Early Saturday morning, the House of Representatives passed H.R.6201—the Families First Coronavirus Response Act—which provides for expanded FMLA benefits and paid sick leave to many employees, in addition to other emergency measures to respond to the coronavirus pandemic.
Here’s what employers can expect if the Act passes in its current form. The legislation has not yet passed the Senate and it may undergo significant revisions as part of the reconciliation process. We will update you on the final legislation that gets passed. Also, as currently drafted, the provisions below will apply only to employers with 500 or fewer employees.
Public Health Emergency FMLA Benefits
The Act will expand benefits under the Family and Medical Leave Act (FMLA) to include 12 weeks of paid job-protected leave for needs related to a public health emergency. Employees who have been working for at least 30 calendar days will be eligible.
Eligible employees can use expanded FMLA leave to:
The first 14 days of the leave may be unpaid. Employees may use accrued personal or sick leave during the first 14 days, but employers may not require employees to use accrued paid leave. After the first 14 days, employers must pay the employees at least two-thirds of their regular rate of pay for the number of hours the employee would normally be scheduled to work.
The FMLA leave is be job protected, except that employers with less than 25 employees need not restore the employee to their position, if the position no longer exists due to economic conditions caused by the public health emergency, and the employer has made reasonable efforts to restore the employee to an equivalent position.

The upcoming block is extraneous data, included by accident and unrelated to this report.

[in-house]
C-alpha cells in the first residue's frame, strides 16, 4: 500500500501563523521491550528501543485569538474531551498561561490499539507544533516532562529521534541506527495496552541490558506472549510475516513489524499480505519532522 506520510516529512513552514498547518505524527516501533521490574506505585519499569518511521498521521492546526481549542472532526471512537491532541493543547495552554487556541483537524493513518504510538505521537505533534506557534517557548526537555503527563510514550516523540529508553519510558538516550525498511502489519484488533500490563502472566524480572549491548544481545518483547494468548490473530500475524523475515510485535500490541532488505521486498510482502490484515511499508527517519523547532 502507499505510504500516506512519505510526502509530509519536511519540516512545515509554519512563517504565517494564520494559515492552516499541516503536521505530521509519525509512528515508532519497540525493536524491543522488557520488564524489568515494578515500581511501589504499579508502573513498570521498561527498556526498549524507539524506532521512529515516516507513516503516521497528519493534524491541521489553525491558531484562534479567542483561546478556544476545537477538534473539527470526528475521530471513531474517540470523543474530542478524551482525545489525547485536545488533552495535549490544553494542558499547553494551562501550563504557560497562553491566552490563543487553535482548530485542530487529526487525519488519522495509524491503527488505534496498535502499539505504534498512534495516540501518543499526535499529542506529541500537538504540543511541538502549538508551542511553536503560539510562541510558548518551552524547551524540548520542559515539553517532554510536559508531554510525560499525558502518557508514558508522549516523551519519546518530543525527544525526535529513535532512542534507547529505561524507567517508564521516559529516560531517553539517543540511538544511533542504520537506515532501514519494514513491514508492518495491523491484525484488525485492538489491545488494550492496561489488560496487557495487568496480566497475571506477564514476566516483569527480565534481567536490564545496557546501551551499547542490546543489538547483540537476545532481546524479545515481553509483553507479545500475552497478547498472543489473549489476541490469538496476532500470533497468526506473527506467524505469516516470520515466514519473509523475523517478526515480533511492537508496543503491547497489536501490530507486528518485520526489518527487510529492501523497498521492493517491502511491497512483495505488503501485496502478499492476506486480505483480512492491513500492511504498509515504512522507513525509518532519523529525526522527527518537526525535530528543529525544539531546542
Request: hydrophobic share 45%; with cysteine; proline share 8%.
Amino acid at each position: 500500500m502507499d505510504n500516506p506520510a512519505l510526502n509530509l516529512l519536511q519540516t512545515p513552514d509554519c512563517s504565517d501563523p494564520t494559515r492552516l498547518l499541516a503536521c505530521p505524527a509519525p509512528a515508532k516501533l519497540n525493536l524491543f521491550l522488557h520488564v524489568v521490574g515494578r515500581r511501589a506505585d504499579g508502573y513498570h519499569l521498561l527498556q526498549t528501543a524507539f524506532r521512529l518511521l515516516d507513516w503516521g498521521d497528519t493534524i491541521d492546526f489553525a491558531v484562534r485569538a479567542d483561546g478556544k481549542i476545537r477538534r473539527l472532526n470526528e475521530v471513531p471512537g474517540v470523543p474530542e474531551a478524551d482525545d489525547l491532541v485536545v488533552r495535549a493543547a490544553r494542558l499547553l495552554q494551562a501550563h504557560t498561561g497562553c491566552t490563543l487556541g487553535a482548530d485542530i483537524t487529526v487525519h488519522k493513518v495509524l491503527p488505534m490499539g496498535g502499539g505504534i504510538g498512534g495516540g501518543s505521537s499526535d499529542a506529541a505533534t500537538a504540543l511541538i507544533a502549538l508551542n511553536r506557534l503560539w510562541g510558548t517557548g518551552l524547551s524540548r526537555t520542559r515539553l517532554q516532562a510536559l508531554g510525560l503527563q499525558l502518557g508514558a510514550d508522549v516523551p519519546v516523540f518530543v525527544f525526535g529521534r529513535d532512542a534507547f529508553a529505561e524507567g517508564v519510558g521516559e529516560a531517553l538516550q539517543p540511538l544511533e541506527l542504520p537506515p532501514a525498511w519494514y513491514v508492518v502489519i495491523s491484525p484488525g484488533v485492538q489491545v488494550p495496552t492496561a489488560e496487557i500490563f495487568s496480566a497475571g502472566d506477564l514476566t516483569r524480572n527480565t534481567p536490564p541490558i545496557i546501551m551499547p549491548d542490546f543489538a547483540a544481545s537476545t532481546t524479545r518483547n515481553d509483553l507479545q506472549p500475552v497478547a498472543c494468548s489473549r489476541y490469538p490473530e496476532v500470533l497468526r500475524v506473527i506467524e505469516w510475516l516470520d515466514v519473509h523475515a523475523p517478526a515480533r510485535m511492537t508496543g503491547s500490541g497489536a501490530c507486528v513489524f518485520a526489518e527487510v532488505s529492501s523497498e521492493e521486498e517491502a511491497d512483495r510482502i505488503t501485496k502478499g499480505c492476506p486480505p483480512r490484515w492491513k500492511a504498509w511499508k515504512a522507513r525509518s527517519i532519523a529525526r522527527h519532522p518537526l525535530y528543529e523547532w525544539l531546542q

Paid Sick Leave
The Act will also require employers to provide 80 hours of paid sick leave to full-time employees (or the number of hours the employee typically works over a two-week period for part-time workers) to be used for the following coronavirus-related purposes:
Sick leave will be available to employees immediately, regardless of how long they have been employed with the employer. This paid sick leave must be provided in addition to any other paid sick leave offered to employees. Employers may not amend their sick leave policies to avoid offering additional leave.
Employers will be required to post a notice informing employees of their rights to leave. The Secretary of Labor will provide a model notice.
The FMLA benefits and sick leave provisions will go into effect within 15 days after the date of enactment and will expire on December 31, 2020
Levenfeld Pearlstein continues to monitor developments regarding COVID-19 and is available to provide advice and guidance—remotely—to employers with questions about managing their workforce during the pandemic.
For more resources and LP's response to COVID-19, visit this webpage.